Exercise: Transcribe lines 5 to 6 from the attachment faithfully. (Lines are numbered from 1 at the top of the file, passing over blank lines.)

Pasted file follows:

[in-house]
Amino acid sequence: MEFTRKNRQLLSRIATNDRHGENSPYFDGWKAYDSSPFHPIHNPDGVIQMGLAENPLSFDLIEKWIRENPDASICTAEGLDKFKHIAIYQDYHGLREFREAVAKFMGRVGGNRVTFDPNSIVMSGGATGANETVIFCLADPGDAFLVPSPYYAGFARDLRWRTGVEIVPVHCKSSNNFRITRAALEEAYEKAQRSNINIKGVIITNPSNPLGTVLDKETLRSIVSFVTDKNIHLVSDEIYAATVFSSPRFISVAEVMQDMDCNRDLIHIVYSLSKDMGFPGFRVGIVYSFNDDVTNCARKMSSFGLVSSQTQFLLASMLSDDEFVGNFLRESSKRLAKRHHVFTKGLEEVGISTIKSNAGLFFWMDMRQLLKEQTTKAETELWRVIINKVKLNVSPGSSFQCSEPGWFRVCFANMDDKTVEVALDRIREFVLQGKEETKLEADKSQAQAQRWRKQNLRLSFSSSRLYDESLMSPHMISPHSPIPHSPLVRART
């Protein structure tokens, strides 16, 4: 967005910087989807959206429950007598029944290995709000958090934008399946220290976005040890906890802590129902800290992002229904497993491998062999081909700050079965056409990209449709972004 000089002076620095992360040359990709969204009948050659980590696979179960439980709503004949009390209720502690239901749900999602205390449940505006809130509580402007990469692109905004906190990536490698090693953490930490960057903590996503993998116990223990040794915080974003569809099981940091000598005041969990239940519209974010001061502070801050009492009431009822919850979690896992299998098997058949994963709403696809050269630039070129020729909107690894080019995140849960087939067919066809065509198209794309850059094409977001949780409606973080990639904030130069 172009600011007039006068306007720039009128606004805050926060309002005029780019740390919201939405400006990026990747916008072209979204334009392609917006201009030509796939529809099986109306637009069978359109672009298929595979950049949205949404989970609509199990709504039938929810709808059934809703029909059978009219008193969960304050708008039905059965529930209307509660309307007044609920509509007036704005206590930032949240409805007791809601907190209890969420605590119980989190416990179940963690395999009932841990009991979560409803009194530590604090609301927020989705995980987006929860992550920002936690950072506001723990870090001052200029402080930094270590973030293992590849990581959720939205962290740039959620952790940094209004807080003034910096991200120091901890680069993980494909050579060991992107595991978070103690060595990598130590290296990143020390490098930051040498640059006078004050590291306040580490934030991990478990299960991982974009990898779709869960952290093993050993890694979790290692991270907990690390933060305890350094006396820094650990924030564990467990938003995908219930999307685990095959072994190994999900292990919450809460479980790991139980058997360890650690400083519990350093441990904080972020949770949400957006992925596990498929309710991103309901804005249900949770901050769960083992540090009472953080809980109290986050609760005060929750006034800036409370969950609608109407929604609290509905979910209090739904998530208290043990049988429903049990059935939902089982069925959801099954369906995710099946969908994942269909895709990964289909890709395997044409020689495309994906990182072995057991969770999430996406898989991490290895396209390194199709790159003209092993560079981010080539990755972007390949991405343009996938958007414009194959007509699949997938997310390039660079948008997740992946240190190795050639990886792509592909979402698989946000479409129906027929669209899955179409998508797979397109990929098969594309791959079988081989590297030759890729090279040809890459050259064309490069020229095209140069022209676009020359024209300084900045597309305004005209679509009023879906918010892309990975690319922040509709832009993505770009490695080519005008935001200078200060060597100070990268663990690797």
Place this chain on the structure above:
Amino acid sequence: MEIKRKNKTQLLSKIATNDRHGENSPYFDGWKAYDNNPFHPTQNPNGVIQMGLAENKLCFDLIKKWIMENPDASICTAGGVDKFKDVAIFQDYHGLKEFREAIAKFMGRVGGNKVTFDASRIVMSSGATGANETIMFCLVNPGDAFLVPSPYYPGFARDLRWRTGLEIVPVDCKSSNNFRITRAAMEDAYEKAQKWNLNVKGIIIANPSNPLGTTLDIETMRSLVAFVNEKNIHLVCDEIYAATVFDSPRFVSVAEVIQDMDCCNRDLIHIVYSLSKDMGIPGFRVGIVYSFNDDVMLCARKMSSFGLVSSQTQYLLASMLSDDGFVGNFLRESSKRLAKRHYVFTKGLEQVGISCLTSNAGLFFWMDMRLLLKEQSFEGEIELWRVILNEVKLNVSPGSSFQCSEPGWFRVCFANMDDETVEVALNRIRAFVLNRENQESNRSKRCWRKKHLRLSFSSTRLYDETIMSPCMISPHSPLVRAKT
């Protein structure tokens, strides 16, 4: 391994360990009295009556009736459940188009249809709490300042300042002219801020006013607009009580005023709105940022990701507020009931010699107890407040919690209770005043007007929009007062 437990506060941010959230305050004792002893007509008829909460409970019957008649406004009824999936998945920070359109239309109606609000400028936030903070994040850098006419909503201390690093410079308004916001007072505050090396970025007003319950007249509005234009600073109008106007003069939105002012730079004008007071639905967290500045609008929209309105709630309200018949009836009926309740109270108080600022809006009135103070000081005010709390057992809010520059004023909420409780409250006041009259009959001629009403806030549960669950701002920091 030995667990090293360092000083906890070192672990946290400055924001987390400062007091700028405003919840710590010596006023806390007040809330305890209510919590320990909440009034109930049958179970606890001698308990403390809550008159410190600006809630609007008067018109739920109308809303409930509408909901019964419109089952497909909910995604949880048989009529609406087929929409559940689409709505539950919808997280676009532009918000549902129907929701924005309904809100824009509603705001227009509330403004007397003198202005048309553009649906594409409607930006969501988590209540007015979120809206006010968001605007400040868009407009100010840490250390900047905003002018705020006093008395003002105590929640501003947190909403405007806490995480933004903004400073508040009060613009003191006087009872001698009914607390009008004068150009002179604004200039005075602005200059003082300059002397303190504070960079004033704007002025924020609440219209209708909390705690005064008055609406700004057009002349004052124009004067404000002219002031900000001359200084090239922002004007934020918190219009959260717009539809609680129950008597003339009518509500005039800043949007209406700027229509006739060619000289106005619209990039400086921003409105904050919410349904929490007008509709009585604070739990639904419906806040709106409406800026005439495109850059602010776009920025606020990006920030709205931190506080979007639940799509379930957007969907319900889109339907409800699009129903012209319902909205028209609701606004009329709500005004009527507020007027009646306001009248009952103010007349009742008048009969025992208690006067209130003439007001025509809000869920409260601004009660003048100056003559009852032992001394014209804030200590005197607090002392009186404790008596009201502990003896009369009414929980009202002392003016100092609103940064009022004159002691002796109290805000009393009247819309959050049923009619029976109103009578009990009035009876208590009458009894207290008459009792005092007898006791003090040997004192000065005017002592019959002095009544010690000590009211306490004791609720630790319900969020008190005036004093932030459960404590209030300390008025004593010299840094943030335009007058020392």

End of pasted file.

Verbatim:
Amino acid sequence: MEIKRKNKTQLLSKIATNDRHGENSPYFDGWKAYDNNPFHPTQNPNGVIQMGLAENKLCFDLIKKWIMENPDASICTAGGVDKFKDVAIFQDYHGLKEFREAIAKFMGRVGGNKVTFDASRIVMSSGATGANETIMFCLVNPGDAFLVPSPYYPGFARDLRWRTGLEIVPVDCKSSNNFRITRAAMEDAYEKAQKWNLNVKGIIIANPSNPLGTTLDIETMRSLVAFVNEKNIHLVCDEIYAATVFDSPRFVSVAEVIQDMDCCNRDLIHIVYSLSKDMGIPGFRVGIVYSFNDDVMLCARKMSSFGLVSSQTQYLLASMLSDDGFVGNFLRESSKRLAKRHYVFTKGLEQVGISCLTSNAGLFFWMDMRLLLKEQSFEGEIELWRVILNEVKLNVSPGSSFQCSEPGWFRVCFANMDDETVEVALNRIRAFVLNRENQESNRSKRCWRKKHLRLSFSSTRLYDETIMSPCMISPHSPLVRAKT
């Protein structure tokens, strides 16, 4: 391994360990009295009556009736459940188009249809709490300042300042002219801020006013607009009580005023709105940022990701507020009931010699107890407040919690209770005043007007929009007062 437990506060941010959230305050004792002893007509008829909460409970019957008649406004009824999936998945920070359109239309109606609000400028936030903070994040850098006419909503201390690093410079308004916001007072505050090396970025007003319950007249509005234009600073109008106007003069939105002012730079004008007071639905967290500045609008929209309105709630309200018949009836009926309740109270108080600022809006009135103070000081005010709390057992809010520059004023909420409780409250006041009259009959001629009403806030549960669950701002920091 030995667990090293360092000083906890070192672990946290400055924001987390400062007091700028405003919840710590010596006023806390007040809330305890209510919590320990909440009034109930049958179970606890001698308990403390809550008159410190600006809630609007008067018109739920109308809303409930509408909901019964419109089952497909909910995604949880048989009529609406087929929409559940689409709505539950919808997280676009532009918000549902129907929701924005309904809100824009509603705001227009509330403004007397003198202005048309553009649906594409409607930006969501988590209540007015979120809206006010968001605007400040868009407009100010840490250390900047905003002018705020006093008395003002105590929640501003947190909403405007806490995480933004903004400073508040009060613009003191006087009872001698009914607390009008004068150009002179604004200039005075602005200059003082300059002397303190504070960079004033704007002025924020609440219209209708909390705690005064008055609406700004057009002349004052124009004067404000002219002031900000001359200084090239922002004007934020918190219009959260717009539809609680129950008597003339009518509500005039800043949007209406700027229509006739060619000289106005619209990039400086921003409105904050919410349904929490007008509709009585604070739990639904419906806040709106409406800026005439495109850059602010776009920025606020990006920030709205931190506080979007639940799509379930957007969907319900889109339907409800699009129903012209319902909205028209609701606004009329709500005004009527507020007027009646306001009248009952103010007349009742008048009969025992208690006067209130003439007001025509809000869920409260601004009660003048100056003559009852032992001394014209804030200590005197607090002392009186404790008596009201502990003896009369009414929980009202002392003016100092609103940064009022004159002691002796109290805000009393009247819309959050049923009619029976109103009578009990009035009876208590009458009894207290008459009792005092007898006791003090040997004192000065005017002592019959002095009544010690000590009211306490004791609720630790319900969020008190005036004093932030459960404590209030300390008025004593010299840094943030335009007058020392």